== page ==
Wednesday, 21 November 2007

Your Photographs CAN Look Better.

I'm sure I mentioned it, but we went to Suwon a few weeks back, mostly so that I could take photographs. I got a few nice ones, but all in all most of them are just interesting and very few are what I could call good.

I would like to share just one here, but with a little twist. I'd like to show you how I changed it from an OK image to something more interesting to look at. I'll start of with the original image and then explain to you how I got to the final product. Lastly, I'll show the final image and let you decide it if looks better. I won't be posting them one after the other, so you might want to right click on both and open them in new windows so that you can skip back and forth to see what the differences are.

Here is the original. It's interesting and I took it mainly to show the autumn colours on the mountain.



We will start here. I will skip the detailed steps, but you should get an idea of what goes in to it.

The first thing I always do is sample the colours for colour correction. Black is first and a spot that should be black get marked for sampling. I have noticed that correcting colour when using the black sample has the biggest and best effect on the image, so I need to get this one right. After that I do the same for mid gray and a white. In this example I didn't pick a white spot because the sky was so bright and over exposed that it showed up as one big white blotch.

Having picked my spots to sample, I use Curves to set the sampled spots as markers for colour correction. This immediately makes the colours more vibrant, mostly because it makes the very dark spots black and adjusts everything in between. The gray sample usually does very little. and white often has an effect.

Maybe I should mention here that I use PhotoShop CS3. I did exactly the came in CS2.

After the colour correction I boots the contras a tiny bit, again, using Curves. This enhances the colours slightly, but more importantly is clears the image of a lot of that "spoke" that seems to blur everything in most pictures. You don't even notice the smoke until it is suddenly gone.

Depending on the image I might boost the saturation, but I try to avoid that. I was actually considering reducing the saturation in this one, but I felt that the picture looks "prettier" this way even thought the colours are a little brighter that needed.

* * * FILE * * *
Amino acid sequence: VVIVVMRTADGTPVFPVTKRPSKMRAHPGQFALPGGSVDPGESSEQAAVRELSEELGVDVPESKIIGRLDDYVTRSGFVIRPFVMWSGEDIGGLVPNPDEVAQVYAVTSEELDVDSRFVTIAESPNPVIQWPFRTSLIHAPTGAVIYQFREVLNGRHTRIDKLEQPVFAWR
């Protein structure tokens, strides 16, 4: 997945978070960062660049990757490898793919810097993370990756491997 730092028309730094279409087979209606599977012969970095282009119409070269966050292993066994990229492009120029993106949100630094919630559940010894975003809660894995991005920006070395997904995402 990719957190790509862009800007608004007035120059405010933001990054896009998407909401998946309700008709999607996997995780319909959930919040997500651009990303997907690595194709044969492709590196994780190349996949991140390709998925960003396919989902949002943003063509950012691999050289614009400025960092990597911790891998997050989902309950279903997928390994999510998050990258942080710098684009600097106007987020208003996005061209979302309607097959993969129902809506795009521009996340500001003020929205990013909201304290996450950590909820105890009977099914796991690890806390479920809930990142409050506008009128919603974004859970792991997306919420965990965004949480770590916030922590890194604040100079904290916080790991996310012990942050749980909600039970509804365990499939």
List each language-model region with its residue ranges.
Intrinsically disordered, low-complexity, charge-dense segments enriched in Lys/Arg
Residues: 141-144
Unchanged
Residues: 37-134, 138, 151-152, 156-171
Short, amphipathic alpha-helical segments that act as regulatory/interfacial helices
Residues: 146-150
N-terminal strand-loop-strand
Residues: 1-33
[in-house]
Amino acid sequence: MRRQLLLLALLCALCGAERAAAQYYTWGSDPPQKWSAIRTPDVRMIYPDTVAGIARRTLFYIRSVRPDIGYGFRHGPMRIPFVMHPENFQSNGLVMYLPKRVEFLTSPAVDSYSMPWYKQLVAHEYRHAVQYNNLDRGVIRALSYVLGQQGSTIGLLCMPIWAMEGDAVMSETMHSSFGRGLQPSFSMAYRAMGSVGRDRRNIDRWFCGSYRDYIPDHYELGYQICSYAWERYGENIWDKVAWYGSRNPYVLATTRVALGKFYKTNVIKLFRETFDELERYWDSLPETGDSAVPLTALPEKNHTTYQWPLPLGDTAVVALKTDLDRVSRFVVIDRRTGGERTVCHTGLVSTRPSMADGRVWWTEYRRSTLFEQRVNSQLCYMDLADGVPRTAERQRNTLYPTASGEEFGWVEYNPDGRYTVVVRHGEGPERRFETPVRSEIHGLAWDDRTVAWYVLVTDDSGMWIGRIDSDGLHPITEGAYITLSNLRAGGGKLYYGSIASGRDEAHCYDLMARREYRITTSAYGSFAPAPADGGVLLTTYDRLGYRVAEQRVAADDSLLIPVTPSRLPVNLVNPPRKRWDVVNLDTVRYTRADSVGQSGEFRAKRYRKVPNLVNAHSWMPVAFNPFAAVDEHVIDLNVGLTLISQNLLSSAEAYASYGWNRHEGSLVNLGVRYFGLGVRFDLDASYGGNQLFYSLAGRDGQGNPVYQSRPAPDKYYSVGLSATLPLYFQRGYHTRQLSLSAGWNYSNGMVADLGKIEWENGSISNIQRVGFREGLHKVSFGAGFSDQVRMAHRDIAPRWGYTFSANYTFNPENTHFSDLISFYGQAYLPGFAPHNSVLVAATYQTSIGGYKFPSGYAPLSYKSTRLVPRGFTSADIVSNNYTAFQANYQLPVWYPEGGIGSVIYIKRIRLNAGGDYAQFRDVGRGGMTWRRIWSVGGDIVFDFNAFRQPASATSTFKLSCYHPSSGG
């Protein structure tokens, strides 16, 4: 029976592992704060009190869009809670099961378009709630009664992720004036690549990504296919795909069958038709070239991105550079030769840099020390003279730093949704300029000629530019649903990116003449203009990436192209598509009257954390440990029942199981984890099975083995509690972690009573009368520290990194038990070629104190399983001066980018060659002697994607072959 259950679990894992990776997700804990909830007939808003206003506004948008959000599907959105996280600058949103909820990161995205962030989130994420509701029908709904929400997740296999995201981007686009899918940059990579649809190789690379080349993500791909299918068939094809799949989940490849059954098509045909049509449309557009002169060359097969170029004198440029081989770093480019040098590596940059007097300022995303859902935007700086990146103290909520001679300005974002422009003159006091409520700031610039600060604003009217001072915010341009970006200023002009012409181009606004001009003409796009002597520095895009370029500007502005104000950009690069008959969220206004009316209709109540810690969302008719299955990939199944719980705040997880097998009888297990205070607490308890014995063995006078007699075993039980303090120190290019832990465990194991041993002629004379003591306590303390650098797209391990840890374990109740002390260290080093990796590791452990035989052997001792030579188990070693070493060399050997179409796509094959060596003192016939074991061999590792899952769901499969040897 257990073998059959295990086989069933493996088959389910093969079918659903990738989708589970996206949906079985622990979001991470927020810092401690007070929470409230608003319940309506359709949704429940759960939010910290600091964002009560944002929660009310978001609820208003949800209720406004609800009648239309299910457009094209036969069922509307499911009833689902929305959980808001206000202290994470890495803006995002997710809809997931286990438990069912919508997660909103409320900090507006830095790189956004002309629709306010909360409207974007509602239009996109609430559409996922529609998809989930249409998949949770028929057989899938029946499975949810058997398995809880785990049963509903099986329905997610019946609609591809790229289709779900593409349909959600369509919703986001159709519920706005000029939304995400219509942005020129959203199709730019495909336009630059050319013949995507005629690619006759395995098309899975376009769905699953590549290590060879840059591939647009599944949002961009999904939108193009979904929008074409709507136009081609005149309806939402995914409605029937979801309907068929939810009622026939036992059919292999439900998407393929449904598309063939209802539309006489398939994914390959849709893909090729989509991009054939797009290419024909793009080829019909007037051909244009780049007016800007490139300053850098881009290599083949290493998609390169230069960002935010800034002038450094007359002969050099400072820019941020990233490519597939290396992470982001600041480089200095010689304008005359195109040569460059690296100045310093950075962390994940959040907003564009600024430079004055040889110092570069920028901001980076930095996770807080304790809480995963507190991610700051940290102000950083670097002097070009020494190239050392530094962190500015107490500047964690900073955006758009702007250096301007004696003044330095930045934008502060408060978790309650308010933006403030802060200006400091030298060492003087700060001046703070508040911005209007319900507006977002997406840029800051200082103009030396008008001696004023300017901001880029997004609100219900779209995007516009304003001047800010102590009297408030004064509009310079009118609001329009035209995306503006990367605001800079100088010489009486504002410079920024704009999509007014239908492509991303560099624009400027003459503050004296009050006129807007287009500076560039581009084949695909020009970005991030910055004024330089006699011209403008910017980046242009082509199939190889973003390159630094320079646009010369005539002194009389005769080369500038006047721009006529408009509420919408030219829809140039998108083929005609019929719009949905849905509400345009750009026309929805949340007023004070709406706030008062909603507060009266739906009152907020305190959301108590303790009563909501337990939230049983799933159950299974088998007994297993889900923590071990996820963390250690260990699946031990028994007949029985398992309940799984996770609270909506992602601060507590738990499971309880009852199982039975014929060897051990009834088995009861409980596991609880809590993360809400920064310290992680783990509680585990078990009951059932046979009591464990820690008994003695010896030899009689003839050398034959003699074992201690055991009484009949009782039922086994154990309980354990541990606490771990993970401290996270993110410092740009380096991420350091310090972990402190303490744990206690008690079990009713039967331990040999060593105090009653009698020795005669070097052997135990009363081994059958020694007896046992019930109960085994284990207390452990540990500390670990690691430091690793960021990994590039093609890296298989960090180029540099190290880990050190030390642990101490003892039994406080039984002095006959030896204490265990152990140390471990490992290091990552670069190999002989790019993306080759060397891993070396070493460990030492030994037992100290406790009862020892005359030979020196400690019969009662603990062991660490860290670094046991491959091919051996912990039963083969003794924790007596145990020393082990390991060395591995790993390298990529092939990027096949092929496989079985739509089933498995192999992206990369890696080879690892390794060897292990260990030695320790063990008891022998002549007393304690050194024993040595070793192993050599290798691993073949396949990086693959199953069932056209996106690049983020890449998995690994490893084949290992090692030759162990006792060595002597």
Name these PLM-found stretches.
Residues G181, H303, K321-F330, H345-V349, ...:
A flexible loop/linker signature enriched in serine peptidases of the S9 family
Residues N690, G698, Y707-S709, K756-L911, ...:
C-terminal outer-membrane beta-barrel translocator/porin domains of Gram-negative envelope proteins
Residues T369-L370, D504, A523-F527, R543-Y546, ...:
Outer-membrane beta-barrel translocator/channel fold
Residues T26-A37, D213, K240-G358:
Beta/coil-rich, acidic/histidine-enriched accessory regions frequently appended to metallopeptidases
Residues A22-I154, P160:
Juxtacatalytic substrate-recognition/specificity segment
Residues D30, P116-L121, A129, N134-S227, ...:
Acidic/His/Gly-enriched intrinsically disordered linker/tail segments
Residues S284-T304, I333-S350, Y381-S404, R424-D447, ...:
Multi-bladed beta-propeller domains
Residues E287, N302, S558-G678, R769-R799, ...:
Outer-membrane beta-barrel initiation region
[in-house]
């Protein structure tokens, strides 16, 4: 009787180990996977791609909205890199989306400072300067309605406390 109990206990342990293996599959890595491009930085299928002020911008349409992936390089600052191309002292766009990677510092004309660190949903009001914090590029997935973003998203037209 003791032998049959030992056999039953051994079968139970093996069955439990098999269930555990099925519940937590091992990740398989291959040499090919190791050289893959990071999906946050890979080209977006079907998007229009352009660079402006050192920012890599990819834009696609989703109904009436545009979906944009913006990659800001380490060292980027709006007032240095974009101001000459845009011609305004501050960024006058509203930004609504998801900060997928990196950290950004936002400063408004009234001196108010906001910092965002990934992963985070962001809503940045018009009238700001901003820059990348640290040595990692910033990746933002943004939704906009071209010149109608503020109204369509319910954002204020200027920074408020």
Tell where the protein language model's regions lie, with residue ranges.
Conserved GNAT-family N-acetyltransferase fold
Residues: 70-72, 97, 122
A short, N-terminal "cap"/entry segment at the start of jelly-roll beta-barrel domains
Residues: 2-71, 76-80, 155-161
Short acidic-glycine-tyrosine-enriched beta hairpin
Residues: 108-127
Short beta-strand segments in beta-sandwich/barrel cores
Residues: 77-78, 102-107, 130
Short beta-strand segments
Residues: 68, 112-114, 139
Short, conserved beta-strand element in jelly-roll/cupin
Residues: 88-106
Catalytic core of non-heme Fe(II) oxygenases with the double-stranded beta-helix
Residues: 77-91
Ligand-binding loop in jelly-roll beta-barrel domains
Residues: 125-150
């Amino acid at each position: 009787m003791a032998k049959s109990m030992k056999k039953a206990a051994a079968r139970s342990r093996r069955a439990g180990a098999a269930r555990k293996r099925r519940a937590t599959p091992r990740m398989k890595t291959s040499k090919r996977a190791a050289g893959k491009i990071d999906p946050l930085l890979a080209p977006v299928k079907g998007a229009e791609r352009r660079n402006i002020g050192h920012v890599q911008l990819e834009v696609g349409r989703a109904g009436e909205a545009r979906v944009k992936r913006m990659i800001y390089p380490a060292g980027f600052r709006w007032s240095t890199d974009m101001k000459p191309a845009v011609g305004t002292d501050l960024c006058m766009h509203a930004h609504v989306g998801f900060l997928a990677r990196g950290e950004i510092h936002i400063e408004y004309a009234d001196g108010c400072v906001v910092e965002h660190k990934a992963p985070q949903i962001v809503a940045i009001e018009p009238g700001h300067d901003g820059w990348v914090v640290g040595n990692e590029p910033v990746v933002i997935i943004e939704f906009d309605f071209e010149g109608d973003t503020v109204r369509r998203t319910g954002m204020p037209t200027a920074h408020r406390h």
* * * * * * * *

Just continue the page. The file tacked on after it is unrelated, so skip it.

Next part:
The last big change I made was to add the sky. Normally I will just do a black overlay gradient to add a bit of feeling to the sky, but here the sky was so over exposed that I decided to take the sky from another image I took that day and drop it in here. I changed it a tiny bit to be more visible and a deeper blue, but apart from that I didn't do anything else.

The very last thing I do is to run a Smart Sharpen filter on the image. This has the effect of sharpening edges and making the image less blurry. In other words, it makes the focus seem better than it really is and makes the details clearer. This will not fix images that are just completely out of focus though.

If needed, and it is needed more often than you think, then you should straighten the image out and crop it to get a better composition. Both were applied to this image.

That is it for the actually image changes. Al that is left after that is framing. For my arty images I use the black frame and if I want to use them as travel photography then I use the white frame to make them resemble postcards. You have seen the white frames in my other posts. A small logo, date and name is added as well.

That is it. Not much to it, is there? The rest is just looking for the right photograph and trying different things. If you take lots of photographs then you are bound to get something nice. This example isn't a particularly good photographs, but it illustrates the point well and does capture a bit of that autumn look like here in Korea.

Here is the finished product.



I hope this inspires some of you to at least straighten their images and run some sore of auto correction on it.

1 comment:

-dev- said...

hmmmm... it's complicated..! as i rarely using a Photoshop program.. :p